Japanese, Samoan youth talk climate
Students from the Yokohama Commercial High School in Japan received insights on climate change from Samoa and the Pacific through a webinar hosted by a regional organisation.
A webinar titled “How do we face the reality of climate emergency? Learning from insights from Samoa” was attended by 40 high school students in Japan and hosted by the Vailima-based Secretariat of the Pacific Regional Environment Programme.
Samoan youth climate activists Okalani Mariner and Niccolo Moeno represented Samoa during the webinar.
Ms. Mariner said during the panel discussion that in 2020 they were able to form the first environmental student association at the National University of Samoa (N.U.S), which she founded together with youth climate activist Grace Ah Young and a group of student environmentalists at the university.
“It is a fully youth-led and youth-created organization that really wants to push other students to fight for Climate Action. Not many students would want to learn about climate change but we wanted to change that mindset,” Ms. Mariner said during the panel discussion.
Mr. Moeono talked about key actions to initiate projects and said during the discussions that sometimes the road to completing a project doesn't go according to plan.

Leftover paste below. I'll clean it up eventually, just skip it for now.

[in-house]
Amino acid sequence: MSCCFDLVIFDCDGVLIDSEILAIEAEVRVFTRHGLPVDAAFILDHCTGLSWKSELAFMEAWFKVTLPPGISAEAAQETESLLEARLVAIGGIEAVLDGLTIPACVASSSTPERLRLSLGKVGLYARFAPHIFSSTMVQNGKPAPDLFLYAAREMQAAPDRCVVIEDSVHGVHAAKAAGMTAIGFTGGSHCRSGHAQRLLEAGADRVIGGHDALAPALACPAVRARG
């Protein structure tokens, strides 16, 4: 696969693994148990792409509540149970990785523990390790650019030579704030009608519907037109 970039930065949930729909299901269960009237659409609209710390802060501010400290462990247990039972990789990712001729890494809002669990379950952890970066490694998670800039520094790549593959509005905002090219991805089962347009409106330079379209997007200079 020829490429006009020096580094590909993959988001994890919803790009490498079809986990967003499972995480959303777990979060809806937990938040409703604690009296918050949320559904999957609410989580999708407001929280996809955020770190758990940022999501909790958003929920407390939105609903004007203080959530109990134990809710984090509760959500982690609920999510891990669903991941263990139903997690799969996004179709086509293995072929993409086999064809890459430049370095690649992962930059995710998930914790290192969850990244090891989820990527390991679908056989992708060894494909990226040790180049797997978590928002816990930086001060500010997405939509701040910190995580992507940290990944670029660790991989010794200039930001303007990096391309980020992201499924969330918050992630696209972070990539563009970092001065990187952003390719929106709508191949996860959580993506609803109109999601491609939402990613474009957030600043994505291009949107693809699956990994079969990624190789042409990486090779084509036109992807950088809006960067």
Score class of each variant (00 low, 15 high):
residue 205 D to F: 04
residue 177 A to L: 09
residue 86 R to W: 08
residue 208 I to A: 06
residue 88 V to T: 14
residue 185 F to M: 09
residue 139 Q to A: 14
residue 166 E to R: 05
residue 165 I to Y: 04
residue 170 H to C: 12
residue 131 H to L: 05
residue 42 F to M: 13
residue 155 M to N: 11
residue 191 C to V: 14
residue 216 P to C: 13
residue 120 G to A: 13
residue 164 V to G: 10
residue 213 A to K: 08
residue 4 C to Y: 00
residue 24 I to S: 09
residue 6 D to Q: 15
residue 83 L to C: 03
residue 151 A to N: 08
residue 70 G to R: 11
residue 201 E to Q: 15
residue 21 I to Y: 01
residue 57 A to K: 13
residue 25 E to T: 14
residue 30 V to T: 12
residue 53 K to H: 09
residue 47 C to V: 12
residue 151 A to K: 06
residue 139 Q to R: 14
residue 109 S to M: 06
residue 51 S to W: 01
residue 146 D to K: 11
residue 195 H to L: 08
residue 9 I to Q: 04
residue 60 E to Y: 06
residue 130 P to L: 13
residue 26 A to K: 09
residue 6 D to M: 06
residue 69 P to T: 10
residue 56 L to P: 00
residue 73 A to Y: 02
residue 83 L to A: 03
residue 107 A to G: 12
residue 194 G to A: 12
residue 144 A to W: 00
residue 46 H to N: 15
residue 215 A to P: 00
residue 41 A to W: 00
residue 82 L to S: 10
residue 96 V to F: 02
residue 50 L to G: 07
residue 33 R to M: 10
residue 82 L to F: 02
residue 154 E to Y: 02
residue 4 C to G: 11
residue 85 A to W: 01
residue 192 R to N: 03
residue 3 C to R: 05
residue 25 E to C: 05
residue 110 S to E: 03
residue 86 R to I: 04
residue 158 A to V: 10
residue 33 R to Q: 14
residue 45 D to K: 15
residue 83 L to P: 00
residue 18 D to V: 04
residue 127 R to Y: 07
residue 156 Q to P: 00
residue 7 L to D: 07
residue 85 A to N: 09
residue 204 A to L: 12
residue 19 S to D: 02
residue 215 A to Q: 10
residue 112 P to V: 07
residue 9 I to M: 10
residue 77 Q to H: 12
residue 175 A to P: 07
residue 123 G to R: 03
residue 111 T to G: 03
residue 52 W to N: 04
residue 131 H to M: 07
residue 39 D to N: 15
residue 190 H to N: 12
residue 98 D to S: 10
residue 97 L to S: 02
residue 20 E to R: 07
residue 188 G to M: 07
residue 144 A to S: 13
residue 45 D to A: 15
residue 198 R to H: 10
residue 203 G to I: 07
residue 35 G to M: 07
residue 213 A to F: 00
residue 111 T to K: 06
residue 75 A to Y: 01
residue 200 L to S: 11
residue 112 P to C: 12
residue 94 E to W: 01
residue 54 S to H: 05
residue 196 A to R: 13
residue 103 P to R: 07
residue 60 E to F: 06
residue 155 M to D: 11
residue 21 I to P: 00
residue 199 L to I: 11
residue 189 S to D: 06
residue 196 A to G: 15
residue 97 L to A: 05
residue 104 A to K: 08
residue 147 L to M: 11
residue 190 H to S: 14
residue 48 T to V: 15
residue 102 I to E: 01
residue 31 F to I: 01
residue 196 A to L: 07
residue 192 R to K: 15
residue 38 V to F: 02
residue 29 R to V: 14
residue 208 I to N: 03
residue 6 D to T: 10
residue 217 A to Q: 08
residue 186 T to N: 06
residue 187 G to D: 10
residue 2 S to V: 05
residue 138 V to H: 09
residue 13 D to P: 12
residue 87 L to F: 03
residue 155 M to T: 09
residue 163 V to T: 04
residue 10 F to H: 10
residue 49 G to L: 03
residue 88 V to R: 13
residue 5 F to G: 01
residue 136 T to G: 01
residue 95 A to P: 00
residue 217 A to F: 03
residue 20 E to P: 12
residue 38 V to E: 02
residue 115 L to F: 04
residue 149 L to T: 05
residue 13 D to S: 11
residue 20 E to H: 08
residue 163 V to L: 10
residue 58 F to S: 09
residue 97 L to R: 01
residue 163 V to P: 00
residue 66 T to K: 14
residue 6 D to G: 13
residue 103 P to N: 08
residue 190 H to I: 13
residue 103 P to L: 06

“My key advice is to have a mentor or someone there to support you along the way, and help guide you to complete your project,” he said.
“Also don't be afraid to take risks and come out of your comfort zone, because when you're starting a project, you're going to put yourself in situations where you don't feel comfortable.
"So it's really good to have a mentor, who has done projects like this before and help guide you and build you up professionally and personally.”
Representing the Yokohama Commercial High School, Saki Maehira thanked the participants in the webinar said it will boost their level of activism on climate change.
“It was really interesting for us as we always discuss climate change in Japan. I’m sure this webinar will help us to take action in the future,” she said.
According to a statement issued by S.P.R.E.P. the webinar was done in collaboration with the Ministry of Natural Resources and Environment with M.N.R.E. staff discussing the impact of climate change and climate policies in Samoa as well as the temperature, rainfall and sea-level rise.
The webinar was also able to provide the students in Japan with knowledge on changing behaviours and how they can amplify the movement towards achieving the 1.5 degrees Celsius limit.
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